Amanitenmemide was a Nubian king whose throne name was Nebmaatre. His nome is written in Meroitic, while his throne name is written in classical Egyptian hieroglyphs. He is thus far only known from his pyramid in Meroe (Beg. N17). The pyramid occupies an area of 8.6 X 8.6 m and is, therefore, one of the smaller royal pyramids at Meroe. In front of the pyramid there was a decorated chapel. The decoration was copied by the Lepsius expedition. One wall was brought to Berlin, another, now only preserved in six blocks is now in the British Museum in London.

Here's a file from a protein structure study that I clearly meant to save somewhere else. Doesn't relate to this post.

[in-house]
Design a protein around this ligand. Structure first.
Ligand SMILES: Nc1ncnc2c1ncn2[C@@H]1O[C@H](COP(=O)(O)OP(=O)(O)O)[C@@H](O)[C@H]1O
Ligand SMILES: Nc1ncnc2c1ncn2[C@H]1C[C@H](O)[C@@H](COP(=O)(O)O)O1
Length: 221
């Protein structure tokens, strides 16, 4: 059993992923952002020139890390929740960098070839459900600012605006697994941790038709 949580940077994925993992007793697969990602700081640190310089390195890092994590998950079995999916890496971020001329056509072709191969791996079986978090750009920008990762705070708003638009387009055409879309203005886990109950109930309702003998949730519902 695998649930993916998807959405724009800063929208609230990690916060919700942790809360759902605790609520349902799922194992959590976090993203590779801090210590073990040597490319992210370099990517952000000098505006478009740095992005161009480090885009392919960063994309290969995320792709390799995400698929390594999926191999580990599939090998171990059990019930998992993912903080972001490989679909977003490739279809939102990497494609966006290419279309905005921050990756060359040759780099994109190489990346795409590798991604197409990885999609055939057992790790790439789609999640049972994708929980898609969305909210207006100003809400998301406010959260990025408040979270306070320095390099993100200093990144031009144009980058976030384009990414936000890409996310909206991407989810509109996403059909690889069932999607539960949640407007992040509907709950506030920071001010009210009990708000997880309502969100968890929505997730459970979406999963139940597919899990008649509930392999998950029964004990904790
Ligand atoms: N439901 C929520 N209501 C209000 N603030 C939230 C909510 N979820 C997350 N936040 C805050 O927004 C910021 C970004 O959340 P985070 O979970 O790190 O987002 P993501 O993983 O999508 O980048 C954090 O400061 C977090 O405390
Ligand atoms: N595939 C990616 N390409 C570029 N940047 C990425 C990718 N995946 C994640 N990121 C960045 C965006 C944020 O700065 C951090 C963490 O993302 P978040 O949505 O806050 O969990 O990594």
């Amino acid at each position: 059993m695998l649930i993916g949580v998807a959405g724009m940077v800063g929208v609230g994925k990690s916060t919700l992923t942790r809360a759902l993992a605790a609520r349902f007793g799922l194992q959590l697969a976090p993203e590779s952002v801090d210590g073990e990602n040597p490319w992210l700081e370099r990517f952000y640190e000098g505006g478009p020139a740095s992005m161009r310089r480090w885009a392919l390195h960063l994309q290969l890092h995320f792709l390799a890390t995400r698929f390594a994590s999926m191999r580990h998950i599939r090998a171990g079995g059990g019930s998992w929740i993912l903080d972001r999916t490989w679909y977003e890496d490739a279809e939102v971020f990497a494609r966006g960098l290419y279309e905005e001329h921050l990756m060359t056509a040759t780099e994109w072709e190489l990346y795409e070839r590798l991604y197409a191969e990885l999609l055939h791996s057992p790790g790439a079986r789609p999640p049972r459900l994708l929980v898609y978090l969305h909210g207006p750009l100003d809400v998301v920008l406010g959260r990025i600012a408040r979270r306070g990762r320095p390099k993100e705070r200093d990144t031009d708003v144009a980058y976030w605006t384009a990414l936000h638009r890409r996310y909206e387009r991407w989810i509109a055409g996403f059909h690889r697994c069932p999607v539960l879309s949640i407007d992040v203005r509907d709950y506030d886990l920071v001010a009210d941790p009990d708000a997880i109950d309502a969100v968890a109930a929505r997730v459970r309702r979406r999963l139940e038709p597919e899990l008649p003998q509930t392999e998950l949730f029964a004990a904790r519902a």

Three skeletons were found in the burial chamber of the pyramid--two of them belonging to women, the third to a man of about 30 years old man, which are, perhaps, the remains of the king himself.
There is little evidence for dating the king. The small size of the pyramid indicates a date after Natakamani under whom the pyramids in general became smaller. It has been suggested that Amanitenmemide belongs to the first century AD.